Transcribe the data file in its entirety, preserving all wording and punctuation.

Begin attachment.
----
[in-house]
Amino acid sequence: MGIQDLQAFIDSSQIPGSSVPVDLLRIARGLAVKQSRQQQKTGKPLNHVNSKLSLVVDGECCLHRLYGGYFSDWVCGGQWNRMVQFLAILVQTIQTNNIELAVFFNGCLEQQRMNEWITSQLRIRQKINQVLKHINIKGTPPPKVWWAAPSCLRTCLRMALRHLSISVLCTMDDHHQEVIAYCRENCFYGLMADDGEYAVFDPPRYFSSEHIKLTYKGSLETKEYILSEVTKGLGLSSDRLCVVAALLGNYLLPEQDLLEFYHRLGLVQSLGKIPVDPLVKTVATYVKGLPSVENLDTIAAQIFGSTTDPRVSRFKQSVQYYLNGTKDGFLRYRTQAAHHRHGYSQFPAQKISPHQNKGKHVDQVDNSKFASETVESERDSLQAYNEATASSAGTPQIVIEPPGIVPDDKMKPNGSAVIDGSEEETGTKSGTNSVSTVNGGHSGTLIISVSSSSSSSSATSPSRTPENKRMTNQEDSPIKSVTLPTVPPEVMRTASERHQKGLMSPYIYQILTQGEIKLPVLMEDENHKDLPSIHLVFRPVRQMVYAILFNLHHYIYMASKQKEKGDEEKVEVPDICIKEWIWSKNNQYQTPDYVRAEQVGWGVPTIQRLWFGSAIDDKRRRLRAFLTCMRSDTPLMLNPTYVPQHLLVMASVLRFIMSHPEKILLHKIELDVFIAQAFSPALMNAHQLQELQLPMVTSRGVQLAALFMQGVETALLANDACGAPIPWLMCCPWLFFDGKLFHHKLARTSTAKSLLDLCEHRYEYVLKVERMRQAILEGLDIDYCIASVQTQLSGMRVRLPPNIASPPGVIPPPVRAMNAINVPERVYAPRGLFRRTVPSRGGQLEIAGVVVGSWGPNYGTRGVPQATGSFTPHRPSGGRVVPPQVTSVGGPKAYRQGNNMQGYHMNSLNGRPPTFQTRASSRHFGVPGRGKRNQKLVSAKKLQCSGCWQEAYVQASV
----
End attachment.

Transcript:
[in-house]
Amino acid sequence: MGIQDLQAFIDSSQIPGSSVPVDLLRIARGLAVKQSRQQQKTGKPLNHVNSKLSLVVDGECCLHRLYGGYFSDWVCGGQWNRMVQFLAILVQTIQTNNIELAVFFNGCLEQQRMNEWITSQLRIRQKINQVLKHINIKGTPPPKVWWAAPSCLRTCLRMALRHLSISVLCTMDDHHQEVIAYCRENCFYGLMADDGEYAVFDPPRYFSSEHIKLTYKGSLETKEYILSEVTKGLGLSSDRLCVVAALLGNYLLPEQDLLEFYHRLGLVQSLGKIPVDPLVKTVATYVKGLPSVENLDTIAAQIFGSTTDPRVSRFKQSVQYYLNGTKDGFLRYRTQAAHHRHGYSQFPAQKISPHQNKGKHVDQVDNSKFASETVESERDSLQAYNEATASSAGTPQIVIEPPGIVPDDKMKPNGSAVIDGSEEETGTKSGTNSVSTVNGGHSGTLIISVSSSSSSSSATSPSRTPENKRMTNQEDSPIKSVTLPTVPPEVMRTASERHQKGLMSPYIYQILTQGEIKLPVLMEDENHKDLPSIHLVFRPVRQMVYAILFNLHHYIYMASKQKEKGDEEKVEVPDICIKEWIWSKNNQYQTPDYVRAEQVGWGVPTIQRLWFGSAIDDKRRRLRAFLTCMRSDTPLMLNPTYVPQHLLVMASVLRFIMSHPEKILLHKIELDVFIAQAFSPALMNAHQLQELQLPMVTSRGVQLAALFMQGVETALLANDACGAPIPWLMCCPWLFFDGKLFHHKLARTSTAKSLLDLCEHRYEYVLKVERMRQAILEGLDIDYCIASVQTQLSGMRVRLPPNIASPPGVIPPPVRAMNAINVPERVYAPRGLFRRTVPSRGGQLEIAGVVVGSWGPNYGTRGVPQATGSFTPHRPSGGRVVPPQVTSVGGPKAYRQGNNMQGYHMNSLNGRPPTFQTRASSRHFGVPGRGKRNQKLVSAKKLQCSGCWQEAYVQASV